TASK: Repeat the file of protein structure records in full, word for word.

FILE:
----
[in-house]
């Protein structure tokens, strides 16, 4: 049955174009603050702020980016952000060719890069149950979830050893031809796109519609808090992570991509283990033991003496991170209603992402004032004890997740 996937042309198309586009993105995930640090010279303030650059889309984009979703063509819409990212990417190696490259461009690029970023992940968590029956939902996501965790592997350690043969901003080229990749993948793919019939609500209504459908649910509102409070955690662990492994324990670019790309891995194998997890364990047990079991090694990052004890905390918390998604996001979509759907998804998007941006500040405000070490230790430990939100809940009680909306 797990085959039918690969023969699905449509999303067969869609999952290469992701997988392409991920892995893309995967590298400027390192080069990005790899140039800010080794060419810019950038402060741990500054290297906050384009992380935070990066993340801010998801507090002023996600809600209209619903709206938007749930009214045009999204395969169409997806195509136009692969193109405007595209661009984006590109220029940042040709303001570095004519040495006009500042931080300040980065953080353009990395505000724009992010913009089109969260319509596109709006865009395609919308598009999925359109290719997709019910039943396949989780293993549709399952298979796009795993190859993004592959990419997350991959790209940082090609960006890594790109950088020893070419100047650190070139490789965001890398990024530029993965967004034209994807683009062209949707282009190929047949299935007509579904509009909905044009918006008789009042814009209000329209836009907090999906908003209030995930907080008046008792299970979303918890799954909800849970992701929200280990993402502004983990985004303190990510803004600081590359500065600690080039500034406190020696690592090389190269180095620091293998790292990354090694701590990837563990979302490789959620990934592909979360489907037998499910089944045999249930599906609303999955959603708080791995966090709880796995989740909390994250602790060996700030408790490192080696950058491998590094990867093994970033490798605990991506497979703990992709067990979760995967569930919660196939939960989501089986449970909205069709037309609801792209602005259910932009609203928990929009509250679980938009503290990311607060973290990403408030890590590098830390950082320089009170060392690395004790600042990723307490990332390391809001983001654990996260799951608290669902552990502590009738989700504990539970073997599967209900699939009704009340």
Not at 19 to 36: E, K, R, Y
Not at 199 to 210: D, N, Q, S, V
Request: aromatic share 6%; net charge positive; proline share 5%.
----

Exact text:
[in-house]
């Protein structure tokens, strides 16, 4: 049955174009603050702020980016952000060719890069149950979830050893031809796109519609808090992570991509283990033991003496991170209603992402004032004890997740 996937042309198309586009993105995930640090010279303030650059889309984009979703063509819409990212990417190696490259461009690029970023992940968590029956939902996501965790592997350690043969901003080229990749993948793919019939609500209504459908649910509102409070955690662990492994324990670019790309891995194998997890364990047990079991090694990052004890905390918390998604996001979509759907998804998007941006500040405000070490230790430990939100809940009680909306 797990085959039918690969023969699905449509999303067969869609999952290469992701997988392409991920892995893309995967590298400027390192080069990005790899140039800010080794060419810019950038402060741990500054290297906050384009992380935070990066993340801010998801507090002023996600809600209209619903709206938007749930009214045009999204395969169409997806195509136009692969193109405007595209661009984006590109220029940042040709303001570095004519040495006009500042931080300040980065953080353009990395505000724009992010913009089109969260319509596109709006865009395609919308598009999925359109290719997709019910039943396949989780293993549709399952298979796009795993190859993004592959990419997350991959790209940082090609960006890594790109950088020893070419100047650190070139490789965001890398990024530029993965967004034209994807683009062209949707282009190929047949299935007509579904509009909905044009918006008789009042814009209000329209836009907090999906908003209030995930907080008046008792299970979303918890799954909800849970992701929200280990993402502004983990985004303190990510803004600081590359500065600690080039500034406190020696690592090389190269180095620091293998790292990354090694701590990837563990979302490789959620990934592909979360489907037998499910089944045999249930599906609303999955959603708080791995966090709880796995989740909390994250602790060996700030408790490192080696950058491998590094990867093994970033490798605990991506497979703990992709067990979760995967569930919660196939939960989501089986449970909205069709037309609801792209602005259910932009609203928990929009509250679980938009503290990311607060973290990403408030890590590098830390950082320089009170060392690395004790600042990723307490990332390391809001983001654990996260799951608290669902552990502590009738989700504990539970073997599967209900699939009704009340």
Not at 19 to 36: E, K, R, Y
Not at 199 to 210: D, N, Q, S, V
Request: aromatic share 6%; net charge positive; proline share 5%.